Your guide to the past, present and future of the legal challenge that may change the face of the open source revolution.
It began with a simple asset inventory. In June 2002, President and CEO Darl McBride joined SCO, and, looking for ways to turn around his fizzling little Unix/Linux company, it dawned on him that SCO owned something valuable: the Unix System V source code.
At first, SCO planned to use its Unix source code to allow old Unix apps to run on the new Linux operating system. In fact, according to Chris Sontag, SCO senior vice president and general manager of the company's licensing division, SCO even briefed analysts on this strategy.
In the meantime, some Linux users had taken it upon themselves to use SCO's Unix software to run Unix apps on Linux, which was illegal for anyone but SCO to do under its Unix licence. SCO devised a plan to allow these users to do so legally through a new licence.
But before SCO started offering the new licences, IBM took the wind out of SCO's sails. At LinuxWorld in February 2003, IBM senior executive Steve Mills revealed his company's plans to use AIX, IBM's own Unix platform, to accelerate Linux development. "It sounded like they would take all of AIX and put it on Linux, basically obliterating Unix," says Sontag.
SCO was alarmed. Even so, the company continued to dig into the Linux kernel's source code, as it was still thinking about ways to allow Unix and Linux to run together. In February 2003, SCO allegedly found Unix System V code and Unix derivative code in Linux kernel version 2.4.
The implications - to SCO - were clear. If Linux contained SCO's proprietary code, then Linux (which under the General Public License mandated free distribution of the code) was violating SCO's Unix licence. Therefore, SCO could now challenge the legality of the Linux licence, thus radically affecting not only how Linux was developed and sold, but also its viability as a corporate platform. Indeed, everyone using Linux with Unix stuck into it would, in theory, owe SCO a fee. If SCO could prove its case, it was sitting on a gold mine. So SCO left the Linux business and entered the litigation business. Who's Who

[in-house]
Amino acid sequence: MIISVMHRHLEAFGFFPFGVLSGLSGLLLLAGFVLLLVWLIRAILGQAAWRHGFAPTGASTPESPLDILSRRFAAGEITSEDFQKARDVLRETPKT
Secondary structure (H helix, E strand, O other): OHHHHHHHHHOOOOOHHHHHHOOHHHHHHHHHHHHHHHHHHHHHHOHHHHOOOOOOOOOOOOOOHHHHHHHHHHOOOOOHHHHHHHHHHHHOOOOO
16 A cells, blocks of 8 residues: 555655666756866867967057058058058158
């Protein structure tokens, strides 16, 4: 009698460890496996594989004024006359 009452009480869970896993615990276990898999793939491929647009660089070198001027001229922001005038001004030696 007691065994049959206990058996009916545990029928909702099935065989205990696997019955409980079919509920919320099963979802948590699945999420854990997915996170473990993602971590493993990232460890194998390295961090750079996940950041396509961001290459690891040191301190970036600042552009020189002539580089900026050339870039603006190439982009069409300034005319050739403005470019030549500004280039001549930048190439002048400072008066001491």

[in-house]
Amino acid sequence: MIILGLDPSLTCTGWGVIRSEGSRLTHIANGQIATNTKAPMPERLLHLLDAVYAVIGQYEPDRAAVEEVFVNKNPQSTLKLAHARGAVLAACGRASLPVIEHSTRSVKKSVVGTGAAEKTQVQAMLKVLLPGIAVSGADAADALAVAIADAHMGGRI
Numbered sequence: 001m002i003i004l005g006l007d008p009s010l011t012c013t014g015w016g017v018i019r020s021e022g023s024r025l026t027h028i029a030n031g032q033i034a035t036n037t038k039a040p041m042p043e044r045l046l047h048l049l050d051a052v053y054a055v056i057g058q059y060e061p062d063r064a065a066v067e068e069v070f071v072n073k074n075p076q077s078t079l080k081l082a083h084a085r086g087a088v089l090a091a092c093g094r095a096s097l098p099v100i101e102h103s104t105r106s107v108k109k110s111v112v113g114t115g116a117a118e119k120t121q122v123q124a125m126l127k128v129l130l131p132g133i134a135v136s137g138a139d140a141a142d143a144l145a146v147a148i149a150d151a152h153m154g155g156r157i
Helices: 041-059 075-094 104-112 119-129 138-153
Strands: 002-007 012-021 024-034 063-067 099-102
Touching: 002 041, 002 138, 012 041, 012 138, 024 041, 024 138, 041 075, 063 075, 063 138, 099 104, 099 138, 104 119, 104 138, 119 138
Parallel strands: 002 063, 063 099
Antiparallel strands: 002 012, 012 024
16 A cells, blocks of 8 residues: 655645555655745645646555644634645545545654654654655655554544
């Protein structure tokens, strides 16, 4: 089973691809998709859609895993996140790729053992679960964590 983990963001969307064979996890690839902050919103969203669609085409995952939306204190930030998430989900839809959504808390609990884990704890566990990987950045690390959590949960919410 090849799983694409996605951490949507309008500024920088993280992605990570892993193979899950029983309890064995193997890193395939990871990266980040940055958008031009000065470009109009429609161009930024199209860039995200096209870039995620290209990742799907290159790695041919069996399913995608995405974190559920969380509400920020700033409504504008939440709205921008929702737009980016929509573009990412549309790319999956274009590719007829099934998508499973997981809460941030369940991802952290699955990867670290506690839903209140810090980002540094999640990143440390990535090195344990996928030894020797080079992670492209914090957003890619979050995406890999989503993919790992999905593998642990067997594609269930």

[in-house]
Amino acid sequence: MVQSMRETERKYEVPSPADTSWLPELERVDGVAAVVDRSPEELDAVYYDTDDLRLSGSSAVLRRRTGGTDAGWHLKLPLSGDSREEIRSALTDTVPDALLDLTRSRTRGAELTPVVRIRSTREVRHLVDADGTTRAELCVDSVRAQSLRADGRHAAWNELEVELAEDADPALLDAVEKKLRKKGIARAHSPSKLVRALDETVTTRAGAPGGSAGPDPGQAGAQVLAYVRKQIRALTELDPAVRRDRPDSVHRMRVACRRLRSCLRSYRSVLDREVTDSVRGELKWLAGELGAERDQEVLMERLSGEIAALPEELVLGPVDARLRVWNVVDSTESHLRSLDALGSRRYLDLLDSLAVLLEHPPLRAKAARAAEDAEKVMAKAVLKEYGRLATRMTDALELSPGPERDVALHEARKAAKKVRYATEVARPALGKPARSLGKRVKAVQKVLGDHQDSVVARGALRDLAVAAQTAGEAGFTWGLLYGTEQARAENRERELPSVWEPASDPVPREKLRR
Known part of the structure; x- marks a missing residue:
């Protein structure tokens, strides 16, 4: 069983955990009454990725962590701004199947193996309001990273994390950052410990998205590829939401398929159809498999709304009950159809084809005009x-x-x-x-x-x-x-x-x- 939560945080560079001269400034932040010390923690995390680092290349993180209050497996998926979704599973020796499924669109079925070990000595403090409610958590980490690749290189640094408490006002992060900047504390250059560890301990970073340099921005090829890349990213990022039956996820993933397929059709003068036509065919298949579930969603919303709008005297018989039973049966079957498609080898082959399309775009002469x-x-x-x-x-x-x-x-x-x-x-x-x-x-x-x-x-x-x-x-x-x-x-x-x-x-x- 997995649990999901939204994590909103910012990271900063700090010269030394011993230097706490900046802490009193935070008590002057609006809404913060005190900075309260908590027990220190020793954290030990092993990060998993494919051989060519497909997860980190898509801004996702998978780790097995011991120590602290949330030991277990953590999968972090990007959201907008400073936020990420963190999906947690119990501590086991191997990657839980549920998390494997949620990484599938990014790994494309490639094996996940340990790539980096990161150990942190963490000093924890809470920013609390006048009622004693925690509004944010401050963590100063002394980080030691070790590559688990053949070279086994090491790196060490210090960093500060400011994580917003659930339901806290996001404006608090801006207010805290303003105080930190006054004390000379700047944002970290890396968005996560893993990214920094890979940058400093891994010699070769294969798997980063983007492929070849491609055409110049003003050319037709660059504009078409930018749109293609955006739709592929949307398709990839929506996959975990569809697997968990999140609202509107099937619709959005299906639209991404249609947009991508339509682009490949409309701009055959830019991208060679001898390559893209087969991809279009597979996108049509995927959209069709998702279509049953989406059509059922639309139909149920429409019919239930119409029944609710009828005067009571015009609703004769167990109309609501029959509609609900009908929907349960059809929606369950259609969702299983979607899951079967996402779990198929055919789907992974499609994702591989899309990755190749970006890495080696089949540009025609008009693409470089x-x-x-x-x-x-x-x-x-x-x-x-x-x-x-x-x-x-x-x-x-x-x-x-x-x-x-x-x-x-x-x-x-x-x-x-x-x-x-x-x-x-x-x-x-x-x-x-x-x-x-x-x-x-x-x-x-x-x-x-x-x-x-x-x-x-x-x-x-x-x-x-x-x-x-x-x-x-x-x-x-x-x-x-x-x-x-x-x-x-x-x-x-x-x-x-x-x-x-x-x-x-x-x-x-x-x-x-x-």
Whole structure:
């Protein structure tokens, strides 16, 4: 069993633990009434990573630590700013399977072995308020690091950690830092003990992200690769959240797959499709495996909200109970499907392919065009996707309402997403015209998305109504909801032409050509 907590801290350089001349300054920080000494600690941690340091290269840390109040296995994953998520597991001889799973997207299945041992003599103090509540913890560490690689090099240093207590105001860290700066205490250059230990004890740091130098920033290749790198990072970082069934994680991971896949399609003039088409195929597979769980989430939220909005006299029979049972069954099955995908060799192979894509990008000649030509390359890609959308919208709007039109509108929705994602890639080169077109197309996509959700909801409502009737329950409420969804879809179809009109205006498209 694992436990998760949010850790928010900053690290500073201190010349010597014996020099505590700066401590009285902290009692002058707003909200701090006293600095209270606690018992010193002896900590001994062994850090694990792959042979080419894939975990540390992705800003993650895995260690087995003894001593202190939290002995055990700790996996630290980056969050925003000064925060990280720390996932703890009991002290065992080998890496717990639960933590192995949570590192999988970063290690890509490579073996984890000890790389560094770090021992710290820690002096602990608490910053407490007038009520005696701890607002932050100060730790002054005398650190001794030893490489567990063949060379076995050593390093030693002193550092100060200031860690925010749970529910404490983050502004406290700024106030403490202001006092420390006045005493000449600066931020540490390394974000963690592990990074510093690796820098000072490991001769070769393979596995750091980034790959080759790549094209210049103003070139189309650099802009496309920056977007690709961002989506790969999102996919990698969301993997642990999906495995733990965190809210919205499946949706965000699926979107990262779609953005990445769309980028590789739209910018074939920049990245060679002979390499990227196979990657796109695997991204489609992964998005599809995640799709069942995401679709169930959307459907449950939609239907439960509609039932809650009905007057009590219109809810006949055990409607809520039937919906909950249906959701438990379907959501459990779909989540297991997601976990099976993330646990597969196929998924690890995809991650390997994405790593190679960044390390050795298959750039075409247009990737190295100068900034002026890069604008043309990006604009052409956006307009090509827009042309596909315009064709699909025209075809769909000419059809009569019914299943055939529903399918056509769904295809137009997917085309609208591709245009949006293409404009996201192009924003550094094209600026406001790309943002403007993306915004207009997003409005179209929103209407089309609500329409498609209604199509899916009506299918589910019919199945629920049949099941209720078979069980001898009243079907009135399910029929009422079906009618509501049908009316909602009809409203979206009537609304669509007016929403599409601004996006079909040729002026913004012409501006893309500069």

In the SCO Corner
SCO President and CEO Darl McBride - The central figure in the maelstrom, McBride tries to focus on SCO's business and products. "In spite of the popular media saying we're the most hated company in technology, customers are fairly pleased with the direction of the company," he told CIO, several months before posing for the cover of Fortune wrapped in a printout of the Unix development history time line.
SCO Senior VP and General Manager of SCO's licensing division Chris Sontag - Bad cop to McBride's good cop. Sontag is focused on extracting licence fees from users that SCO claims are in violation of its licence, and he casts the lawsuits in dramatic terms: "We are not putting a lot of energy into settling. The battle lines are drawn. It's a death match. We either win or die."
Attorney David Boies - Boies accepted $US1 million in cash and 400,000 SCO shares to take on IBM. Ironically, Boies once defended IBM in its 14-year antitrust suit, and he was the US Justice Department's lead prosecutor in the Microsoft antitrust case. Now, his success prosecuting Linux and Unix users like IBM may contribute to the success of the company he wounded (Microsoft) and wound the company he helped save (IBM).
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